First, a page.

“I was very excited about it,” Schmitt says. “He lit up like a light bulb right away” was how Kulcinski described it. It wasn’t just that the idea was revolutionary. It also gave a whole new meaning to the Apollo program. That dangerous and expensive adventure to the moon — and not just the research and development it took to get there — proved that space exploration could have immense economic benefits.
“Helium-3,” he would come to believe, was “one of the most significant contributions of the Apollo missions.”
At that conference in Albuquerque, Schmitt decided he wanted to make this radical idea a reality. “I immediately went to work with them to try to define more specifically how we might access that resource and make it available to people on Earth,” Schmitt said.
The idea was first announced to the world in September 1986, when Kulcinski and his colleagues published a paper in Fusion Technology called “Clean Thermonuclear Power From the Moon.”
While it attracted some press and geeks loved the idea, it was clear from the outset any operation would require major innovations and be a monumental undertaking. They would need brainpower and piles and piles of money for research and development just to get started.
Over the next two decades, Schmitt and Kulcinski became evangelists, preaching the gospel of helium-3 in universities and the halls of government. But the idea of fusion energy and moon colonization always smacked of science fiction — and the U.S. government was not a receptive audience. “We talked a great deal to NASA and the Department of Energy and could not get them to really be willing to work together to access the resource and to utilize it,” Schmitt says.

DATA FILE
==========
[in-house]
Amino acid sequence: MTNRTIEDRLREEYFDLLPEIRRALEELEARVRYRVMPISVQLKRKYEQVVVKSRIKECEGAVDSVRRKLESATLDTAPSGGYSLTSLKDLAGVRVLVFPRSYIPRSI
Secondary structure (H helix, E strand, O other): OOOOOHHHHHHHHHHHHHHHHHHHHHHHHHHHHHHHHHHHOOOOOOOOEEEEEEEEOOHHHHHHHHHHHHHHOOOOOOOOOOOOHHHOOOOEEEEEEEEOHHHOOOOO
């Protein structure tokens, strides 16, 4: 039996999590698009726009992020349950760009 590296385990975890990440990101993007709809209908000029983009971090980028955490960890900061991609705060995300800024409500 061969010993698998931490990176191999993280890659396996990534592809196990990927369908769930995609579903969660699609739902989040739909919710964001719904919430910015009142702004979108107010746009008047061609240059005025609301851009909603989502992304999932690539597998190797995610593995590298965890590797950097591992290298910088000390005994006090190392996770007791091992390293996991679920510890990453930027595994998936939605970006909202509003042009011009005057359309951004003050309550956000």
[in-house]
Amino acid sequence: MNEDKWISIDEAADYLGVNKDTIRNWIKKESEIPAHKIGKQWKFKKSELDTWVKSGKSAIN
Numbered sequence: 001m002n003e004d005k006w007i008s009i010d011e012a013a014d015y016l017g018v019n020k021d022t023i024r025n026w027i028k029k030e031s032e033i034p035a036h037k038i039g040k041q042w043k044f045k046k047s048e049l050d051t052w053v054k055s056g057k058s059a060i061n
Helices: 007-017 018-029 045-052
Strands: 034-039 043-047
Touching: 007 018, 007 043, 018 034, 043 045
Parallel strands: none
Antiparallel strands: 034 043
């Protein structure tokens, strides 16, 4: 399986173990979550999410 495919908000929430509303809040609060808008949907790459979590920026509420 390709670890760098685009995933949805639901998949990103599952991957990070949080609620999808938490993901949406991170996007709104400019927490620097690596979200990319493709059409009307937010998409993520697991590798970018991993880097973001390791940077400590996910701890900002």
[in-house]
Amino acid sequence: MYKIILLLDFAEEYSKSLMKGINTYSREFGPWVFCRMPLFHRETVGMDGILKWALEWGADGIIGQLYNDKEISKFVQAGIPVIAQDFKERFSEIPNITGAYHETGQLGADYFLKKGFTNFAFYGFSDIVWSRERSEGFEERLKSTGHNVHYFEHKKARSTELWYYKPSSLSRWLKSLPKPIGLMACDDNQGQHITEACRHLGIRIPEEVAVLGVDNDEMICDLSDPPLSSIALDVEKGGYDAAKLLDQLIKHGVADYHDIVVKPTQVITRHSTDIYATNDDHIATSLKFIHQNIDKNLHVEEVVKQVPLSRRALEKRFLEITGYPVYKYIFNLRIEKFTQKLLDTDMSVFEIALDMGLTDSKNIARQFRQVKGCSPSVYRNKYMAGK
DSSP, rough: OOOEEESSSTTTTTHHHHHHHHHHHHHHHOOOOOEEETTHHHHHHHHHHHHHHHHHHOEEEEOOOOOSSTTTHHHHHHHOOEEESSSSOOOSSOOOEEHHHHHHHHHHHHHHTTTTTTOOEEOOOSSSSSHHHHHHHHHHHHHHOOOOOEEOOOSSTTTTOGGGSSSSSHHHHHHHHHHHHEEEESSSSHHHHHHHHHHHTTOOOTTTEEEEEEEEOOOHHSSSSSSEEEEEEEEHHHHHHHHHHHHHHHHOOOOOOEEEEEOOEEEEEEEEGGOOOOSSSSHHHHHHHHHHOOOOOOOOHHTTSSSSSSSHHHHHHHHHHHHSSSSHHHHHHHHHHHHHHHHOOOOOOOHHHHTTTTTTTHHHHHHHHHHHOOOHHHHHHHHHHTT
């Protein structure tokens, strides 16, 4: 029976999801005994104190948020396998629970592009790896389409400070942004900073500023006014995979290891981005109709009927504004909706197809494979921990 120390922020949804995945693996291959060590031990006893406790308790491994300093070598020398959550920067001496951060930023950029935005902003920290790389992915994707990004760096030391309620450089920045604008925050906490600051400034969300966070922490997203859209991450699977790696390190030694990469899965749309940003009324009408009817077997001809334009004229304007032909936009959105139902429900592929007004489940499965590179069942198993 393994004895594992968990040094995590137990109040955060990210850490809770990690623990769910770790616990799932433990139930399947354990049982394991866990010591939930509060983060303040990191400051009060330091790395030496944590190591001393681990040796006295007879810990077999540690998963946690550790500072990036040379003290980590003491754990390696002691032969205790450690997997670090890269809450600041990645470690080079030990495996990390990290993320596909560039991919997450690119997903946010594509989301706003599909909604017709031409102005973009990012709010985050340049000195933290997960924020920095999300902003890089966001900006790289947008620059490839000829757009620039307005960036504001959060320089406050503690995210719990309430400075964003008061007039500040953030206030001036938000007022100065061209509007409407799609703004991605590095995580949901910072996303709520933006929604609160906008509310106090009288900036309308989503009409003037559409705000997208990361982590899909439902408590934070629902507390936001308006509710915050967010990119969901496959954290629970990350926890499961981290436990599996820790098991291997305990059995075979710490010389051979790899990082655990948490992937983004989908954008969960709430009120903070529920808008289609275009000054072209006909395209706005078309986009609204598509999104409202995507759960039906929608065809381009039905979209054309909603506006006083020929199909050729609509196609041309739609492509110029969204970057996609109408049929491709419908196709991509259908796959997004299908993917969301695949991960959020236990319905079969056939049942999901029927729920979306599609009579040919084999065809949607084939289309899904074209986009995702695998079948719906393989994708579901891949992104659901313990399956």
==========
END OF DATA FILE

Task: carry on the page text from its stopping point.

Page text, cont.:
It was out of his frustrations with government inaction, Schmitt says, that in 2006 he published his book Return to the Moon, a helium-3 manifesto that provides a insanely detailed business plan for the operation. Schmitt imagines a permanent colony of 16 workers thriving in a forbidding alien world — a place with no breathable air, low gravity and poisonous lunar dust, no indigenous food or clean-water sources, and extreme temperature fluctuations between night and day. Working under the black lunar sky with robots and mining machines, their task is to dig up regolith and heat it up to 700–800°C, enough to liquefy and separate out the helium-3. They then package it up and send it home on spaceships, delivering the isotope to power plants on Earth like an intergalactic UPS.
In his foreword to Schmitt’s book, Neil Armstrong says each of the three crucial innovations needed for this plan — a commercial fusion reactor, a sustainable mining operation on the moon, and a low-cost earth-moon transportation system — would take work “on the scale of a Manhattan Project or Apollo Program” to become a reality. But to an idealist like Schmitt — who, born in 1935, was part of a generation who saw the United States accomplish amazing things like the atomic bomb and the moon landing — it doesn’t sound crazy. It sounds profitable.
“The biggest problem is getting others — investors as well as government agencies — to recognize its potential,” Schmitt says. “And to be willing to wait some 10 to 20 years in order to achieve the benefits of helium-3 fusion.”
Space expansionists like Elon Musk have been pushing a plan to go directly to Mars, but Schmitt, who also wants to settle Mars, believes the economics would work out better if we set up shop at the moon first. The key to the entire enterprise, however, starts with a fusion reactor. “If that happened, it would be a gold rush,” Kulcinski says.